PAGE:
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People who live in Coconut Grove's vintage houses describe them as magical, historical pockets of Old Florida. One 1920s stucco house in desperate need of some TLC appealed to Barbara Pope.
Album ID: 1647283
Stitsville, a neighborhood on the water with a colorful past
For generations, Miami's Stiltsville neighborhood has been the subject of endless fascination, and occasional controversy. Remaining Stiltsvillians vow to keep the unique neighborhood standing. The seven surviving stilt homes are built on wooden and concrete pylons two miles offshore in what is now Biscayne National Park. But Stiltsville was once a remote getaway for politicians, judges and other Miami bigwigs to gamble and drink illegally during Prohibition.
Album ID: 1625165
The Fontainebleau Hotel, Miami Beach
The Fontainebleau Hotel, opened with an inaugural ball in 1954, was an icon of the glittery sophistication that defined high-fashion chic in the mid-1950s. Owner Ben Novack and architect Morris Lapidus saw to it that the Miami Beach resort hotel set a standard for hotels across the country. Frank Sinatra played the Fontainebleau's La Ronde nightclub and made movies at the hotel (three of them between 1959 and '68). Elvis Presley, fresh from the Army, rode in on a train in 1960 to tape a television special with Sinatra at the Fontainebleau.
Album ID: 1605506
"Wall of Shame" along Northwest 12th Avenue separated races
A "Segregation Wall" ran on the west side of Northwest 12th Avenue from just north of 62nd Street to about 70th Street in Liberty City. It is believed the wall was erected around 1939 by the city of Miami to separate the races. Several decades ago it was removed but portions of its foundation remain.
Album ID: 1582652
The Paramount Theatre reopens
A $100,000 renovation brought the Paramount Theatre back to life.
Album ID: 1578683
Views of downtown Miami and Brickell Key
Miami Herald and El Nuevo Herald photographers view a changing skyline.
Album ID: 1576660
Bobby Maduro Stadium, Miami's first home of the Marlins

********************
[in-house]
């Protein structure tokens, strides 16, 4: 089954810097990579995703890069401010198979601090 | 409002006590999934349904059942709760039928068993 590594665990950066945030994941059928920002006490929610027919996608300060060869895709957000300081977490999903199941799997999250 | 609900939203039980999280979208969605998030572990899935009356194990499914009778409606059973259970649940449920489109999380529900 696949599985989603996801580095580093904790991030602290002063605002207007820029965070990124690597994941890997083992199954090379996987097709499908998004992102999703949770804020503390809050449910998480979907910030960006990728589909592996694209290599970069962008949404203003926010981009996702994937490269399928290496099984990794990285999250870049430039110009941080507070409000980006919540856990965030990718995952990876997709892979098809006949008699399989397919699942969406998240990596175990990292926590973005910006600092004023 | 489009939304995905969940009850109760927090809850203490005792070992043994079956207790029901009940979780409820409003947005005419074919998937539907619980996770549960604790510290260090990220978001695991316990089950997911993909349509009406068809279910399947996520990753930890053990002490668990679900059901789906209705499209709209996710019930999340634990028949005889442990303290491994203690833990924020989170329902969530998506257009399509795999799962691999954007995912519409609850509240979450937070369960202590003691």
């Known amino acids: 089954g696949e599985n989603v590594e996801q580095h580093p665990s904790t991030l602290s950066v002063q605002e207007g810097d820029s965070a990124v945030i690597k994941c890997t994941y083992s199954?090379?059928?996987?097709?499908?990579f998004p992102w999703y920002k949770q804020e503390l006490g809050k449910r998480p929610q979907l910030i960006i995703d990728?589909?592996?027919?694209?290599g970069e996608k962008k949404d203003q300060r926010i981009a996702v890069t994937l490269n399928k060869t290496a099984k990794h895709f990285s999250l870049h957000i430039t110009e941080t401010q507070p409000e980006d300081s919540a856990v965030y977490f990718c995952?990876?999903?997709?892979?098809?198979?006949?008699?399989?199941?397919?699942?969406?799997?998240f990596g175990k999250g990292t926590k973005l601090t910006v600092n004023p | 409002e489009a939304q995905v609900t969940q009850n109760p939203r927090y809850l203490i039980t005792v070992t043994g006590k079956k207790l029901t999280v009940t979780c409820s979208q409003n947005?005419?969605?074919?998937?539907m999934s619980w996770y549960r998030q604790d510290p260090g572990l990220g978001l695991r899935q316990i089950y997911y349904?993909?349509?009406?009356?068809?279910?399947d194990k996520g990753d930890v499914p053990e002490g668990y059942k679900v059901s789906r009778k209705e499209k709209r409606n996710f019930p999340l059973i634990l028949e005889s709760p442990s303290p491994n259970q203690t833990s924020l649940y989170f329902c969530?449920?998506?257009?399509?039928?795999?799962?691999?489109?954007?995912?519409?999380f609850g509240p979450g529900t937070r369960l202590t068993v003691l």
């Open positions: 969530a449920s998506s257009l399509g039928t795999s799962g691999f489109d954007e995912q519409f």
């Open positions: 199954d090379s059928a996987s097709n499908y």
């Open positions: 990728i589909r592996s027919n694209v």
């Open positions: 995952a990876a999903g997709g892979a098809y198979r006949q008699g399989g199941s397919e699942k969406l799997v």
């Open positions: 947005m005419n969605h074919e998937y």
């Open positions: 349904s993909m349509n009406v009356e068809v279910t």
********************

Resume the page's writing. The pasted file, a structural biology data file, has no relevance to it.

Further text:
On August 31, 1949, the Miami Sun Sox and Havana Cubans - two teams in the Class B Florida International League - inaugurated Miami Stadium, a 9,000-seat ballpark at the corner of NW 23rd Street and 10th Avenue. Built by former Cuban Minister of Education Jose Aleman, the stadium was a half-million dollar monument to Miami's big-league dreams. But attendance figures fell year-after-year. By 1954, the stadium sat vacant. In 1956 it got a second chance when the Triple-A Marlins moved in. In 1961, the team relocated to San Juan. For the next 30 years the city played host to a succession of Class A teams with names like the Marlins, Orioles, and Miracle. The Baltimore Orioles made Miami Stadium their pre-season home. The stadium was pressed into service as barracks during riots and refugee camp during waves of immigration. But by 1990, the facility had deteriorated to the point of no return. After sitting empty more than decade, the ballpark (renamed Bobby Maduro Stadium in 1987) succumbed, in 2001, to the wrecking ball.
Album ID: 1528995
407 Lincoln Road was site of Miami Beach Federal Savings
The Miami Beach Federal Savings and Loan Association was founded by Baron de Hirsch Meyer and Leonard Abess. Abess went on to become a prominent banker and philanthropist while Meyer was a well-known figure in Miami Beach politics, serving on the city council from 1930 until World War II. The Savings and Loan's building at 407 Lincoln Rd., built in 1957, was the tallest on Lincoln Road but is most noticeable because of the large digital clock sitting square on top of it. Herald writer Gary Turner wrote of it: "So conspicuous is the clock that beachgoers who may have left their watches at home can quickly look up and glance at the time of day or the temperature if they can't believe how hot it is." Other branches of the savings and loan typically sported time and temperature signs of their own.
Album ID: 1503553
New home of the Marlins, 2012
The Miami Marlins baseball team gets a new home stadium.
Album ID: 1464026
Giant globe is legacy of Pan Am in Miami
Pan Am built its Dinner Key terminal in 1934 as the gateway to its Latin American routes, which hopscotched from Miami to Nassau and Havana, all the way down to Buenos Aires. But in 1946, Pan Am built what is now Miami International Airport and sold the terminal to the city, which converted it into City Hall in 1954. The exterior underwent minor additions and modifications. The interior was another story. The huge globe of the world that sat in the middle of the terminal had to go; it now sits in the lobby of the Museum of Science.